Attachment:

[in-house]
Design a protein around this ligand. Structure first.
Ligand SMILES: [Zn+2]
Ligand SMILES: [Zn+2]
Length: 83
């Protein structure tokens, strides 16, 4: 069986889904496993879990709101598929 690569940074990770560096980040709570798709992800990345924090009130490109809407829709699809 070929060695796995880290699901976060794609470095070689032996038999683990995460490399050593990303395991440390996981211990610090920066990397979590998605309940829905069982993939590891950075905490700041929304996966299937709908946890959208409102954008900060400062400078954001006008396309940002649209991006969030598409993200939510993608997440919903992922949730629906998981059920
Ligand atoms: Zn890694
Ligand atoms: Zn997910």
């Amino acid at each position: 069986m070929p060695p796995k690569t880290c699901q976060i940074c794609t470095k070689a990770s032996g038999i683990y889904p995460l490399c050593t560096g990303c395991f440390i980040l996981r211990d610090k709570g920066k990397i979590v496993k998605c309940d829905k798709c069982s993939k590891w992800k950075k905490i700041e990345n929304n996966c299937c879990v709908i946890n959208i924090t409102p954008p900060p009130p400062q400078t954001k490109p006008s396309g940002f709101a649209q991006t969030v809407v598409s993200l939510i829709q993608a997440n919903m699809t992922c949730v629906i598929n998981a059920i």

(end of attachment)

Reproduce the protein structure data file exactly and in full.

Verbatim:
[in-house]
Design a protein around this ligand. Structure first.
Ligand SMILES: [Zn+2]
Ligand SMILES: [Zn+2]
Length: 83
């Protein structure tokens, strides 16, 4: 069986889904496993879990709101598929 690569940074990770560096980040709570798709992800990345924090009130490109809407829709699809 070929060695796995880290699901976060794609470095070689032996038999683990995460490399050593990303395991440390996981211990610090920066990397979590998605309940829905069982993939590891950075905490700041929304996966299937709908946890959208409102954008900060400062400078954001006008396309940002649209991006969030598409993200939510993608997440919903992922949730629906998981059920
Ligand atoms: Zn890694
Ligand atoms: Zn997910």
């Amino acid at each position: 069986m070929p060695p796995k690569t880290c699901q976060i940074c794609t470095k070689a990770s032996g038999i683990y889904p995460l490399c050593t560096g990303c395991f440390i980040l996981r211990d610090k709570g920066k990397i979590v496993k998605c309940d829905k798709c069982s993939k590891w992800k950075k905490i700041e990345n929304n996966c299937c879990v709908i946890n959208i924090t409102p954008p900060p009130p400062q400078t954001k490109p006008s396309g940002f709101a649209q991006t969030v809407v598409s993200l939510i829709q993608a997440n919903m699809t992922c949730v629906i598929n998981a059920i």